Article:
I ask about Obama’s controversial and enthusiastic embrace of drone warfare. I query Cobain about the War on Drugs, which the Obama administration has amplified in demonstrable ways. I ask about Obama’s horrific record on clemency and transparency issues, and I discuss how the Affordable Care Act is viewed in some quarters not as legislation driven by good intentions, but as a cynical mechanism to help get Barack Obama re-elected. I bring up Guantánamo Bay, and the fact that — not only has the president refused to close the prison, as promised, his administration is overseeing an expensive upgrade to the Gitmo facilities. I note how the Obama administration has attempted to diminish journalists’ ability to report on certain issues and has threatened and bullied certain reporters. I bring up secret FISA courts, the treatment of Edward Snowden, the president’s apparent use of the gay community as political pawns and a host of other troubling issues.

But you know what?

Cobain isn’t fazed.

“If you’re going to make an omelet,” he says, “you’re gonna break a few eggs. And ultimately, a lot of what you’re saying is very Republican. You sound like a Republican. These are astroturf issues. These aren’t real issues, these are red herrings, contrived by Koch Puppets and the Tea Party’s War on Women. I gently suggest you wake up.

“Progressive politics are the prized Rothschild Egg, the egg that can’t be broken. That’s where we want to be as a a society. I’m here to fight, to take on the Pepsi Colas and Pringles Potato Chips and the dull, grey misery of the American middle class. To do away with Tea Bagger, Breitbart trash.”

So…you’ve come back as fire to burn all the liars?

“Well, in so many words, yes,” Cobain says.

And finally I’ve wrested a smile from the esteemed rocker-turned-public intellectual.

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Big Rob

Tremendous photo of Rob Ford from the Internet

  • Daniel Kalder on the bizarre spectacle of kids’ MMA: “…there’s a difference between playground wars and kids’ MMA, namely that the teachers at my school did not run out and join us in our fight circle to cheer on the violence. Instead, like the responsible adults they were, they broke up the battles. But at MMA events, the parents sit in the audience celebrating the beatings. And that seems a bit odd.”
  • Jim Goadafter a colonoscopy the other day in which he received the anesthetic Propofol: “They shot me up with a creamy syringe of the sweet nectar again this morning. As the nurse pressed the plunger, she told me I’d be unconscious in 3-5 seconds. I vowed to stay awake longer than that, but I was out before the plunger hit bottom. I awoke to be informed that my colon is as slick and blemish-free as an Olympic luge track, whereupon I hugged the nurse. I never hug anyone.”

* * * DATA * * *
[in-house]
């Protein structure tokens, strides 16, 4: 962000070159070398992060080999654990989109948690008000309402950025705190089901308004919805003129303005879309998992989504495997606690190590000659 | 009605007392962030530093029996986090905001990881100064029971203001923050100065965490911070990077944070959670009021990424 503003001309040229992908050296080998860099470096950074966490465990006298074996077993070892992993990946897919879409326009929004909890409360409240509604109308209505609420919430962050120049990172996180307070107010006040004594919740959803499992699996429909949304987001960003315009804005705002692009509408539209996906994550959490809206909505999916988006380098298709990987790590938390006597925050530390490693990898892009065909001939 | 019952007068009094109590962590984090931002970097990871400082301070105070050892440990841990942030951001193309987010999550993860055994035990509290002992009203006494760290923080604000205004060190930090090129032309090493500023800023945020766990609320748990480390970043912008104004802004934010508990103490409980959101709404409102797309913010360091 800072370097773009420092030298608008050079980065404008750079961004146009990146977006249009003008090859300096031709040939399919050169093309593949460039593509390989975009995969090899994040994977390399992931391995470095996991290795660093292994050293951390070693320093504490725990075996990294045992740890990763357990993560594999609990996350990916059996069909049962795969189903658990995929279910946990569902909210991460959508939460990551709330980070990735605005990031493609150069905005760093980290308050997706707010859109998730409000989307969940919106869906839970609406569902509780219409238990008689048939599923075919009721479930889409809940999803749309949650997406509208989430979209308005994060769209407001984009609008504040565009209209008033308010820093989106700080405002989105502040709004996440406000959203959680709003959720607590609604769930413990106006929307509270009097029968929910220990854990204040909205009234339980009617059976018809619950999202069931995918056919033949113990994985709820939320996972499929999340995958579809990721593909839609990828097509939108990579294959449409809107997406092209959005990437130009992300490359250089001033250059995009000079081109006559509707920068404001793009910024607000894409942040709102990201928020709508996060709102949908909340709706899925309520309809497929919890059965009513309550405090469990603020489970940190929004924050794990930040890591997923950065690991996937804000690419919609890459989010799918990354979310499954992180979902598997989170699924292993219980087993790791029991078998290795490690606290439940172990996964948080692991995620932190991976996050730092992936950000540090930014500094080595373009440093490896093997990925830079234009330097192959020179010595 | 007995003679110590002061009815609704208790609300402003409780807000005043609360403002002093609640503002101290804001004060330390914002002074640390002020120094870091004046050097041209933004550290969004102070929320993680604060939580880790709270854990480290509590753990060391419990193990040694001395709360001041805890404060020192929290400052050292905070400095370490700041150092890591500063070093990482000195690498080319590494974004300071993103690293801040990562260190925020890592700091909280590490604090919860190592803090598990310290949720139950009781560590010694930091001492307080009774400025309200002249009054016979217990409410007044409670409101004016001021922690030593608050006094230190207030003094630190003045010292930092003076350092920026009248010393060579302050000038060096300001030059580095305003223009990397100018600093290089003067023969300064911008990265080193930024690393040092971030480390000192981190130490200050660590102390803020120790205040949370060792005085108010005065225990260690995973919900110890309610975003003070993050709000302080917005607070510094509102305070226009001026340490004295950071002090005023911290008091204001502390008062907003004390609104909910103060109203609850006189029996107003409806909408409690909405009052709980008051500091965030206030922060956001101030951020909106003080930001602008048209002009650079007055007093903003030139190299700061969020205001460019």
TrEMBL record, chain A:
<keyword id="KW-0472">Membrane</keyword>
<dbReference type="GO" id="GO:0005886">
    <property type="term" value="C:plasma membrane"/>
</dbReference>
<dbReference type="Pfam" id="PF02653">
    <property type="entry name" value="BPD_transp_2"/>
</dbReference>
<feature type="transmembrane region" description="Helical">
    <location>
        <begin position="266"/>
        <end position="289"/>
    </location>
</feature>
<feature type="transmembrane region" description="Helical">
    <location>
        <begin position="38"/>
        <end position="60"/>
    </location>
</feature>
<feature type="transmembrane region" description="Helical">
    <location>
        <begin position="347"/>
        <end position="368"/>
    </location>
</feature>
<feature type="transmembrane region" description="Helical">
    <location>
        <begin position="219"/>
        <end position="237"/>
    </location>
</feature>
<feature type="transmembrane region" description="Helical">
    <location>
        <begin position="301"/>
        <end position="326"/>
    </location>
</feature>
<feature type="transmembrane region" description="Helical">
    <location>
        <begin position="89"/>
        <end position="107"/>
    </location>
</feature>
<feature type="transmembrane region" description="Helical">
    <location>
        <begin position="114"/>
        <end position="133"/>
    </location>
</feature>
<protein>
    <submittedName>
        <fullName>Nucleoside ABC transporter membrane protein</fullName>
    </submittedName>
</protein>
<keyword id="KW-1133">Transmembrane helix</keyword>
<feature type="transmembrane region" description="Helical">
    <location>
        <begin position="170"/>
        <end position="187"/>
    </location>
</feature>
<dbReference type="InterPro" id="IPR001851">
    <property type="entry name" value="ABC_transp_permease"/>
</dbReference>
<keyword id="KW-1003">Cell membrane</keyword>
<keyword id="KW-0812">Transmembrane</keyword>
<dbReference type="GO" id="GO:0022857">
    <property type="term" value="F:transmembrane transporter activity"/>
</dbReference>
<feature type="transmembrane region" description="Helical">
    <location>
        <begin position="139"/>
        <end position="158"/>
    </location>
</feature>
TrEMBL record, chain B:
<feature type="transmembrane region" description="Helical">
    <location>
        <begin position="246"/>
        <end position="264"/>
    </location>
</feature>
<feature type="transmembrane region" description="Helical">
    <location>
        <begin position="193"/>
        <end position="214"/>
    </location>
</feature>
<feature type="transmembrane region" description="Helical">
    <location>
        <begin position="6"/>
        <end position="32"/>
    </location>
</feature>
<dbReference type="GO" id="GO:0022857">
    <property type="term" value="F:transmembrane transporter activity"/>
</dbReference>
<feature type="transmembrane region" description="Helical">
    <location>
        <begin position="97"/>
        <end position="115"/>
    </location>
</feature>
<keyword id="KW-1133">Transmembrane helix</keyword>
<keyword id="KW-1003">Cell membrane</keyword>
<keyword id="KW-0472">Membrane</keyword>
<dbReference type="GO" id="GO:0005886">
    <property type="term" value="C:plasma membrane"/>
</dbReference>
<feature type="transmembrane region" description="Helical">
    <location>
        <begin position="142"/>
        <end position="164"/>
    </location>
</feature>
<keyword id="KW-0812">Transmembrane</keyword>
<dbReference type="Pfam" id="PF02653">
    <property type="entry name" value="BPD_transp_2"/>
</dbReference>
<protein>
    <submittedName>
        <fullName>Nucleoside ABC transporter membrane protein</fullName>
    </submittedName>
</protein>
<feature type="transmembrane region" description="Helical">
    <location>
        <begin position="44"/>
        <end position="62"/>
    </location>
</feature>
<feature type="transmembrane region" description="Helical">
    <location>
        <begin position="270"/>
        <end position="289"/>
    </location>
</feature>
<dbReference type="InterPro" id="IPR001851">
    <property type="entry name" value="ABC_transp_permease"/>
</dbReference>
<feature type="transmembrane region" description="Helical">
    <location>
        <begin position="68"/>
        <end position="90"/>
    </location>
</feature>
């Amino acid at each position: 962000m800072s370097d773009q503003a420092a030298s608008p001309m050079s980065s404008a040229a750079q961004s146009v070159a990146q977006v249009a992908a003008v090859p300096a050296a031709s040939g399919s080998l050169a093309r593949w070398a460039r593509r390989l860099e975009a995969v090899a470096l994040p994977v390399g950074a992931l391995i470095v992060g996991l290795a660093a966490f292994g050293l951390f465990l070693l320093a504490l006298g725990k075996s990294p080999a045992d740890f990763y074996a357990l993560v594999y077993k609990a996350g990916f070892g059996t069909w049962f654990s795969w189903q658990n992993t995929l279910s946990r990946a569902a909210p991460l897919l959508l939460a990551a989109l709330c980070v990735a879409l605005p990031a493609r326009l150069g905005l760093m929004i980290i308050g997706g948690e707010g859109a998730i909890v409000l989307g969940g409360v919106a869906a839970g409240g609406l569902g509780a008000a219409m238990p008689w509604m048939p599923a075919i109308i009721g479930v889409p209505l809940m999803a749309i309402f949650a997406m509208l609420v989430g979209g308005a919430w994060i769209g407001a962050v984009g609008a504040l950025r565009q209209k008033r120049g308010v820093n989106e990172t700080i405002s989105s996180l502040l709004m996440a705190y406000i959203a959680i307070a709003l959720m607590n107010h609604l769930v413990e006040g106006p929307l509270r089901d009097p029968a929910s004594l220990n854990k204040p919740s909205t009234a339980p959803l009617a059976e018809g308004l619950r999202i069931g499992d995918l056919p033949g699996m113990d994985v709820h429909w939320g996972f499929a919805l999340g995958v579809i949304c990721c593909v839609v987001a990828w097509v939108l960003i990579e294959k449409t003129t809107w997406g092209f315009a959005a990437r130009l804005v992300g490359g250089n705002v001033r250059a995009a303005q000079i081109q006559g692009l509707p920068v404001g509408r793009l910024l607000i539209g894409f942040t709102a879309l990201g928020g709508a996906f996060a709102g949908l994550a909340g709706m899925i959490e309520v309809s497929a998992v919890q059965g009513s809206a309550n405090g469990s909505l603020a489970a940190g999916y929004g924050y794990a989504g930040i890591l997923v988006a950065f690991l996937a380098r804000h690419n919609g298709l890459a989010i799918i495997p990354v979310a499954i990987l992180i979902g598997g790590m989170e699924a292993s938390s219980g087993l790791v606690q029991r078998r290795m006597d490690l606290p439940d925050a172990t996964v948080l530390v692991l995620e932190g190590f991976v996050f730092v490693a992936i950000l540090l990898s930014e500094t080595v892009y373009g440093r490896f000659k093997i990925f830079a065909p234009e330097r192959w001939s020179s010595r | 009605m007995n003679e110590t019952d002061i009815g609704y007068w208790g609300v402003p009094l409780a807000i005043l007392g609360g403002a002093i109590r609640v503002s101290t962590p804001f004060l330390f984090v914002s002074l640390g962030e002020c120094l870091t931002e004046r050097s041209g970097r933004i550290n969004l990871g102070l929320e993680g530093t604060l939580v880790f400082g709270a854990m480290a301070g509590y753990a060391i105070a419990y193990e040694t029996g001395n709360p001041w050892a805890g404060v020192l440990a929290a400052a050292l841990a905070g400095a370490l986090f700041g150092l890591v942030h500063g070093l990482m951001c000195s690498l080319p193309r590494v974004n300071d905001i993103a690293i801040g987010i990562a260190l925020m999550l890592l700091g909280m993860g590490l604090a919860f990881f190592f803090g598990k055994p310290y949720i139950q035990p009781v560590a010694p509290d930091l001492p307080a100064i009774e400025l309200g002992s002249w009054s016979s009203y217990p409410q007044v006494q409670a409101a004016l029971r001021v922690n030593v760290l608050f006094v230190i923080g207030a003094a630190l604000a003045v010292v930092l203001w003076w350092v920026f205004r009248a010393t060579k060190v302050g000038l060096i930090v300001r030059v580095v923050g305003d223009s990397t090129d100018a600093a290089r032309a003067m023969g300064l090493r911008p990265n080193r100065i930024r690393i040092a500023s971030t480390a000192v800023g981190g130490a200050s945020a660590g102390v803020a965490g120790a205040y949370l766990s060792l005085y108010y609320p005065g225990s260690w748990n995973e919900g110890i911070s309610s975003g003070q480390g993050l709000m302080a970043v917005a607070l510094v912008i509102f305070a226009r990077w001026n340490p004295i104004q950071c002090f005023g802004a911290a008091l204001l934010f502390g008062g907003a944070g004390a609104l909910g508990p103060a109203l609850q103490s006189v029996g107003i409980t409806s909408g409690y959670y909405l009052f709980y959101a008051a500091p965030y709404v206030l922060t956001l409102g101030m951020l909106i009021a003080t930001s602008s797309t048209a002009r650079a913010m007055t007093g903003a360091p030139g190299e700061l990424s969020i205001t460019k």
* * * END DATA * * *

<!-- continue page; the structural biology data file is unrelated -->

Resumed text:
Jim Henson Memorial

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Vladimir Potanin, Russian businessman

  • Daniel Kalder: “The other day I read that some Russian oligarch or other had paid $95,000 to a restaurateur in New York for a bit of fungus. Well, a fool and his money, as they say. Alright, it wasn’t just any old bit of fungus. Apparently it was a ‘white alba truffle’ – a special fungus that is quite difficult to find. And you can eat it. Meanwhile, this bit of fungus weighed about 4lb so it was quite heavy, for a fungus. According to Nello Balan, the man who says he sold the oligarch the fungus, it was the biggest such bit of fungus in the history of fungi, or something. So there you go: Clearly this bit of fungus was worth every penny. Except, I’m still not convinced. Then again, if I were Vladimir Potanin, the oligarch who bought the fungus, I probably wouldn’t care. I looked him up and discovered that he is Russia’s fourth richest man – worth around $14.3 billion,according to Forbes. That being the case, this purchase for him is the equivalent of me buying a Snickers bar – not particularly extravagant.”
  • Neko Case interview: “At 10, I just loved FM radio: I listened to KMJK Magic FM because I was living on the outskirts of Portland, Oregon, and they played the Pretenders, the Clash, 10cc, Blondie.”
  • Pink-Shaded Marketing: “Research suggests that the NFL and its corporate partners are more concerned with enhancing their public images — especially among women — and ultimately revenues, than they are with addressing breast cancer, and they seek to manipulate NFL fandom in the name of public health.”